101-year-old WWII veteran looks back on a ‘lucky life’
Ed Monteath says he’s been pretty “lucky” in life. The 101-year-old World War II veteran and retired rocket scientist is being humble.
“I feel very fortunate,” he says referring to surviving his dive-bombing days in the war and then building the rockets that sent people into space.
Monteath lives at Creston Village in Paso Robles, near his daughter Nancy Pushea and son Doug Monteath. He was born and raised in St. Louis, Mo., and remembers from an early age wanting to be a pilot, adding that living only a couple of blocks from a museum that at the time featured items from Charles Lindbergh and the Spirit of St. Louis was a major influence.
Monteath went to college in St. Louis, graduating with a degree in engineering in 1940 and securing his pilot’s license along the way.
Needing to make a living and wanting to pursue an aviation career, Monteath joined the United States Navy and in May of 1941 was commissioned as a naval aviator.
“I wanted to fly and I figured out I could go to Pensacola (Florida) and try to be a naval aviator and even if I washed out I got room and board and clothing and $75 a month cash,” he says. “That seemed to be the best option and put me in a position to do what I really wanted to do.”
He went through advanced training and there were five other men in his unit. They were looking forward to putting their skills to use in the air in World War II, but those plans were derailed when the Navy decided to expand its training program.
“Five of us were really disappointed,” Monteath says. “Larry Williams was the lucky guy we thought because he got orders to the Pacific fleet. That was my first escape. Larry Williams was assigned to the USS Arizona and he’s still there.”
The USS Arizona was bombed during the Japanese attack on Pearl Harbor on Dec. 7, 1941. After a bomb detonated in a powder magazine, the battleship exploded violently and sank, with the loss of 1,177 officers and crewmen. Laurence A. Williams of Ohio was listed on the casualty list of the Arizona.
Monteath spent a couple of years as a flight instructor and in 1944 was assigned to a shore-based dive-bombing squadron in the South Pacific within range of the Japanese major headquarters in Rabaul. Rabaul is on the island of New Britain, in the country of Papua New Guinea.
“I saw a lot of action,” Monteath says. “Our squadron was charged with keeping Rabaul under control. Every day we went out and bombed the headquarters of Rabaul and the surrounding military they had there.”
Monteath piloted a Douglas SBD Dauntless, a two-person, single-prop airplane. Every day for a couple of months they flew dive bomb missions. The Dauntless had two people in it, the pilot who faced forward and a second person who faced backward and was tasked with recording if the run was successful.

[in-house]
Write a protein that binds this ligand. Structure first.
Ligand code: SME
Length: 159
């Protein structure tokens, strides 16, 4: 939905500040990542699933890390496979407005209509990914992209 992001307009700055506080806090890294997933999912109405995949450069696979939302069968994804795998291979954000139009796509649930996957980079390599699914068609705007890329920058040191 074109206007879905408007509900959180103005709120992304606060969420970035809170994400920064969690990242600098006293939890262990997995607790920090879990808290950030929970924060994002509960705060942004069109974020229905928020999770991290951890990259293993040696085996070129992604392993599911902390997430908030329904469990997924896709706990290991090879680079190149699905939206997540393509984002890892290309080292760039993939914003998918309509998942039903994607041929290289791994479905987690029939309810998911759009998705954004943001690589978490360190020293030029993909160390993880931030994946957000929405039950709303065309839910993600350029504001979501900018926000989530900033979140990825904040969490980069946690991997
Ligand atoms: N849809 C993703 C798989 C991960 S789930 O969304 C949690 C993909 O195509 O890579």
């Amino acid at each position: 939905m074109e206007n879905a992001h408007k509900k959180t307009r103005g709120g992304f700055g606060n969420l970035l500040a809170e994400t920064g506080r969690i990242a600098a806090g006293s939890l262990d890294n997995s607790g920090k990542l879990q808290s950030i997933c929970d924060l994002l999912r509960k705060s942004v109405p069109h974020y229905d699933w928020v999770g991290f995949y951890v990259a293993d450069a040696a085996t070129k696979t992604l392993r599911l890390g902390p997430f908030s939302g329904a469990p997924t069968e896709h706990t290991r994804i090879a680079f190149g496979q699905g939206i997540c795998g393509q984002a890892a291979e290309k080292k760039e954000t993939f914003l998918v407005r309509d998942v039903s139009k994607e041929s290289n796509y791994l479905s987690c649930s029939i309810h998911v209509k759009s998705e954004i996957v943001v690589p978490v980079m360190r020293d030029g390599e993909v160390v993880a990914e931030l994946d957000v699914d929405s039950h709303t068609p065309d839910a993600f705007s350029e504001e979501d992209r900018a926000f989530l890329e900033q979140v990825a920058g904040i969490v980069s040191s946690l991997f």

“Sometimes the sky would be so black you could hardly see the target,” Monteath says. “We never really knew what we hit. I don’t know how many thousand rounds of ammunition went past me.”
As the war wound down, Monteath was assigned to train dive-bomber pilots. He received several air medals, including the Distinguished Flying Cross. The Distinguished Flying Cross is a military decoration awarded to any officer or enlisted member of the United States Armed Forces who distinguishes himself or herself in support of operations by “heroism or extraordinary achievement while participating in an aerial flight.
“I must have hit something,” Monteath says.
During WWII, Monteath married his girlfriend from St. Louis, Mo., and started a family. The couple had five children together.
Monteath was active military for 12 years and was assigned to the California University of Technology in Southern California, where he earned two post-graduate degrees.
“I was lucky again, when I got assigned to Caltech,” Monteath said.
After resigning from the military, he went to work for North American Aviation’s Rocketdyne Division at a time when the US was in a space race.
Rocketdyne was an American rocket engine design and production company headquartered in Canoga Park, in the western San Fernando Valley.
“We built the big engines for almost every rocket and missile through to the space shuttle,” Monteath says, including those that took American John Glenn Jr. into orbit.
Monteath was at Cape Canaveral, Fla., on Feb. 20, 1962, and watched the Atlas rocket his team designed and built carry Glenn Jr. on the Friendship 7 mission. Glenn Jr. became the first American to orbit the Earth.
Monteath says that while most people were inside during the launch, he went outside to watch it take off.
“I wanted to be where I could really see it go. Watching the first man go into orbit that was a thrill,” Monteath says. “The other ones without people on them it was nice to watch, but seeing him go into orbit for the first time was something.
“We didn’t think we were doing anything terribly important. We just had a job to do,” he says.
Monteath spent 32 years with Rocketdyne and retired as vice president of its Advanced Program Division. He and his wife moved to the Paso Robles area to be closer to family 30 years ago. His wife passed away six years ago.
“I’m practically a native,” he says with a laugh. “I owe a lot to the Navy. It was a great experience.”